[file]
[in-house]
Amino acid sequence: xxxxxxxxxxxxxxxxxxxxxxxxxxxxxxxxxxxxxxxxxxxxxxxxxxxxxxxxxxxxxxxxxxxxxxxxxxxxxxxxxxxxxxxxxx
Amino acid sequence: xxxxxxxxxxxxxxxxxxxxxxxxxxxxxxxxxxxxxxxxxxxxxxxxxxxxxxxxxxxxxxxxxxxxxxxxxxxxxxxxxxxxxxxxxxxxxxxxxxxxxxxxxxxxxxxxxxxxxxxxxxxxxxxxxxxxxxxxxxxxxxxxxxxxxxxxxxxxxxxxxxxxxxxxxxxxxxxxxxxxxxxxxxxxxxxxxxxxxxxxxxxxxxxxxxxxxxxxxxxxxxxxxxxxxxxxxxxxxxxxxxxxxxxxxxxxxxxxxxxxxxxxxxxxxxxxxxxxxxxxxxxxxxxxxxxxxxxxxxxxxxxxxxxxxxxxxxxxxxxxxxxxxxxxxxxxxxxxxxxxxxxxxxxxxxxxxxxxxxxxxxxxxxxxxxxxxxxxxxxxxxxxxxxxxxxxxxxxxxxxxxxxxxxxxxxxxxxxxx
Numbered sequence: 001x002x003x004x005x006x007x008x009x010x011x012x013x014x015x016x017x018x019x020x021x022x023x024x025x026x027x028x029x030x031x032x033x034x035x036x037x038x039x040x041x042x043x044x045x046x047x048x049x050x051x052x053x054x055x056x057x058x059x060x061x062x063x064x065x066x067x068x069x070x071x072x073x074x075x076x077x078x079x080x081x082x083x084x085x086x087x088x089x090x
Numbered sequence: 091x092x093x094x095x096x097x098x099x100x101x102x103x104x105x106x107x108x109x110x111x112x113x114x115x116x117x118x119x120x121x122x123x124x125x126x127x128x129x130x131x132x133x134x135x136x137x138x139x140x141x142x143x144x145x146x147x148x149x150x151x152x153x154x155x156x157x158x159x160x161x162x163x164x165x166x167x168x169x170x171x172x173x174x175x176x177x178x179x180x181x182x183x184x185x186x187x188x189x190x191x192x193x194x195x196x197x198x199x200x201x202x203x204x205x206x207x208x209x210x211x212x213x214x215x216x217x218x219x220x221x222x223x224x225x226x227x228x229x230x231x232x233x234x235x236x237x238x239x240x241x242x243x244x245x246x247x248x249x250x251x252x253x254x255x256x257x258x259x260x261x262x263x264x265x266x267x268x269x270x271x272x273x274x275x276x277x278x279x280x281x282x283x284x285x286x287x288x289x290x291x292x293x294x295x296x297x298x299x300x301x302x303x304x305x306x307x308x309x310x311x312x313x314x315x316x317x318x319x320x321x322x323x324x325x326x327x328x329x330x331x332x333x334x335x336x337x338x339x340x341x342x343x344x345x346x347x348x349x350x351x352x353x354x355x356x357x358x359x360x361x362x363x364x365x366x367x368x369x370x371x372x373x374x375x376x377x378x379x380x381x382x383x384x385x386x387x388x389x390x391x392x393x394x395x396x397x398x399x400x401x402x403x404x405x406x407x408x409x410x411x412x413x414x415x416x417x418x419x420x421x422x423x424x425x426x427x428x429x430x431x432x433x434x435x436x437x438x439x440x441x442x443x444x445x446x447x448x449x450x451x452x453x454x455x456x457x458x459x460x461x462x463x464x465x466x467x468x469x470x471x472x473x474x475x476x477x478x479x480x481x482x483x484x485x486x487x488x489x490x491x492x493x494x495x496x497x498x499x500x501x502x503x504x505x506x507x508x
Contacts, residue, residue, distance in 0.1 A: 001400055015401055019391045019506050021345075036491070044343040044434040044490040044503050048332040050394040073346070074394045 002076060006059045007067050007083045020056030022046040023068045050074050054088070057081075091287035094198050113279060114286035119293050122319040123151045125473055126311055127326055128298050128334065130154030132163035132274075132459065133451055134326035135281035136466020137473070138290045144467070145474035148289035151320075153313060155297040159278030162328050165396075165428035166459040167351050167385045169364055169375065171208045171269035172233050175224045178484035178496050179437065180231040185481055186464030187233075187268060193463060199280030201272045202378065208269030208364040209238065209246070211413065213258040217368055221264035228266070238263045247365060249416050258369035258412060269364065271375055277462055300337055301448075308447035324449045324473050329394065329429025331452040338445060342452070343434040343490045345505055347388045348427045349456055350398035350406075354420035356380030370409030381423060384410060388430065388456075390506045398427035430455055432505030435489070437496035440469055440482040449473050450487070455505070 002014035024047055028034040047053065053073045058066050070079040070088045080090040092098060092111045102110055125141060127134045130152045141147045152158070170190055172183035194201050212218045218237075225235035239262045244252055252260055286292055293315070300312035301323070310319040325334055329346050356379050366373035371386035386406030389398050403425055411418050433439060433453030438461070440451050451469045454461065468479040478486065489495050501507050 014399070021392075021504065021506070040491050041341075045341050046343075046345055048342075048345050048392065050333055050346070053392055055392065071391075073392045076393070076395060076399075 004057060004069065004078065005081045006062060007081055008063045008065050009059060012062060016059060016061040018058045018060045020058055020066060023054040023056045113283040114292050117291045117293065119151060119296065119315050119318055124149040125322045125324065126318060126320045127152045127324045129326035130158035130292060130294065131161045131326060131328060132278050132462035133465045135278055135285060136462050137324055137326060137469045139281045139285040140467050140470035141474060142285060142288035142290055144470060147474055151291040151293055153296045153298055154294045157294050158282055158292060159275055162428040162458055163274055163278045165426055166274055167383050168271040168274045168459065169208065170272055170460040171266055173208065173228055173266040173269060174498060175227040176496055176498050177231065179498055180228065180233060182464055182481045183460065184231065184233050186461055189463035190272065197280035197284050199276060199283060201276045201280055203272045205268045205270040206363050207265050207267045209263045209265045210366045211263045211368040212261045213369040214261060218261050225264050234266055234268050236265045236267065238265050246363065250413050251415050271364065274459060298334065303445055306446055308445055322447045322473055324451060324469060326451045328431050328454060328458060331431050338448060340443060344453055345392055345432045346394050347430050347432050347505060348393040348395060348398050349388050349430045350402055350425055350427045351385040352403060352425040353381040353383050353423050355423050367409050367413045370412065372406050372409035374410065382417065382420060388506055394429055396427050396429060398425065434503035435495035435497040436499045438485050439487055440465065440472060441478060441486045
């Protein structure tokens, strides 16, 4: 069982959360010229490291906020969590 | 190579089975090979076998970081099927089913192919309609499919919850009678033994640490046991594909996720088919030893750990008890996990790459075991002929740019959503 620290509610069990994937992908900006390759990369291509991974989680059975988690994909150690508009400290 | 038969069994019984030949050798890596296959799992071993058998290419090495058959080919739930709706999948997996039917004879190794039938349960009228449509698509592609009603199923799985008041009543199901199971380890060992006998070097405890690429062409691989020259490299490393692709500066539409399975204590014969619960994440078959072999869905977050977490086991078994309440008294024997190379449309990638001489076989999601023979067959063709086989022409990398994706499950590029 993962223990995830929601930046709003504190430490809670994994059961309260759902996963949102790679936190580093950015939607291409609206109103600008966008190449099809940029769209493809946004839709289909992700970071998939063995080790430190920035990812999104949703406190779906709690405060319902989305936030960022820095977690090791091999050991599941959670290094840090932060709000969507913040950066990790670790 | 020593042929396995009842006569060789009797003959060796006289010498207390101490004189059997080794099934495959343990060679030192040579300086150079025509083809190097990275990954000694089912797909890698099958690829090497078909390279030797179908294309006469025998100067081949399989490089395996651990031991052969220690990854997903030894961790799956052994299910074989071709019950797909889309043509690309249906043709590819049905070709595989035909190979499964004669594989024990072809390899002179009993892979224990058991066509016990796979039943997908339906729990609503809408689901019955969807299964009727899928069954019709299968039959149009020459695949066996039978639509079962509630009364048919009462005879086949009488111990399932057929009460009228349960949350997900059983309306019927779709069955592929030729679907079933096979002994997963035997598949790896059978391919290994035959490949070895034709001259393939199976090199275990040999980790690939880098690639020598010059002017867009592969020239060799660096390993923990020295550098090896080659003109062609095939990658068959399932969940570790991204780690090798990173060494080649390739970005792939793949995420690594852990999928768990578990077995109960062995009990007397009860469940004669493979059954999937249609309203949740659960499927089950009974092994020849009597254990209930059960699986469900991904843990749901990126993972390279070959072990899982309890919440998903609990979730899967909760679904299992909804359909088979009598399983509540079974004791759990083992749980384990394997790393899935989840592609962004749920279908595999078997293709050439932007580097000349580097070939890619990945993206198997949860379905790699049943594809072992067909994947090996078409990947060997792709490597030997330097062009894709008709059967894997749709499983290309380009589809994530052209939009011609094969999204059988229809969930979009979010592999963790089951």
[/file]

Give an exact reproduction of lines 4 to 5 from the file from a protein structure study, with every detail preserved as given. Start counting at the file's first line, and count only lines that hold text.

Numbered sequence: 001x002x003x004x005x006x007x008x009x010x011x012x013x014x015x016x017x018x019x020x021x022x023x024x025x026x027x028x029x030x031x032x033x034x035x036x037x038x039x040x041x042x043x044x045x046x047x048x049x050x051x052x053x054x055x056x057x058x059x060x061x062x063x064x065x066x067x068x069x070x071x072x073x074x075x076x077x078x079x080x081x082x083x084x085x086x087x088x089x090x
Numbered sequence: 091x092x093x094x095x096x097x098x099x100x101x102x103x104x105x106x107x108x109x110x111x112x113x114x115x116x117x118x119x120x121x122x123x124x125x126x127x128x129x130x131x132x133x134x135x136x137x138x139x140x141x142x143x144x145x146x147x148x149x150x151x152x153x154x155x156x157x158x159x160x161x162x163x164x165x166x167x168x169x170x171x172x173x174x175x176x177x178x179x180x181x182x183x184x185x186x187x188x189x190x191x192x193x194x195x196x197x198x199x200x201x202x203x204x205x206x207x208x209x210x211x212x213x214x215x216x217x218x219x220x221x222x223x224x225x226x227x228x229x230x231x232x233x234x235x236x237x238x239x240x241x242x243x244x245x246x247x248x249x250x251x252x253x254x255x256x257x258x259x260x261x262x263x264x265x266x267x268x269x270x271x272x273x274x275x276x277x278x279x280x281x282x283x284x285x286x287x288x289x290x291x292x293x294x295x296x297x298x299x300x301x302x303x304x305x306x307x308x309x310x311x312x313x314x315x316x317x318x319x320x321x322x323x324x325x326x327x328x329x330x331x332x333x334x335x336x337x338x339x340x341x342x343x344x345x346x347x348x349x350x351x352x353x354x355x356x357x358x359x360x361x362x363x364x365x366x367x368x369x370x371x372x373x374x375x376x377x378x379x380x381x382x383x384x385x386x387x388x389x390x391x392x393x394x395x396x397x398x399x400x401x402x403x404x405x406x407x408x409x410x411x412x413x414x415x416x417x418x419x420x421x422x423x424x425x426x427x428x429x430x431x432x433x434x435x436x437x438x439x440x441x442x443x444x445x446x447x448x449x450x451x452x453x454x455x456x457x458x459x460x461x462x463x464x465x466x467x468x469x470x471x472x473x474x475x476x477x478x479x480x481x482x483x484x485x486x487x488x489x490x491x492x493x494x495x496x497x498x499x500x501x502x503x504x505x506x507x508x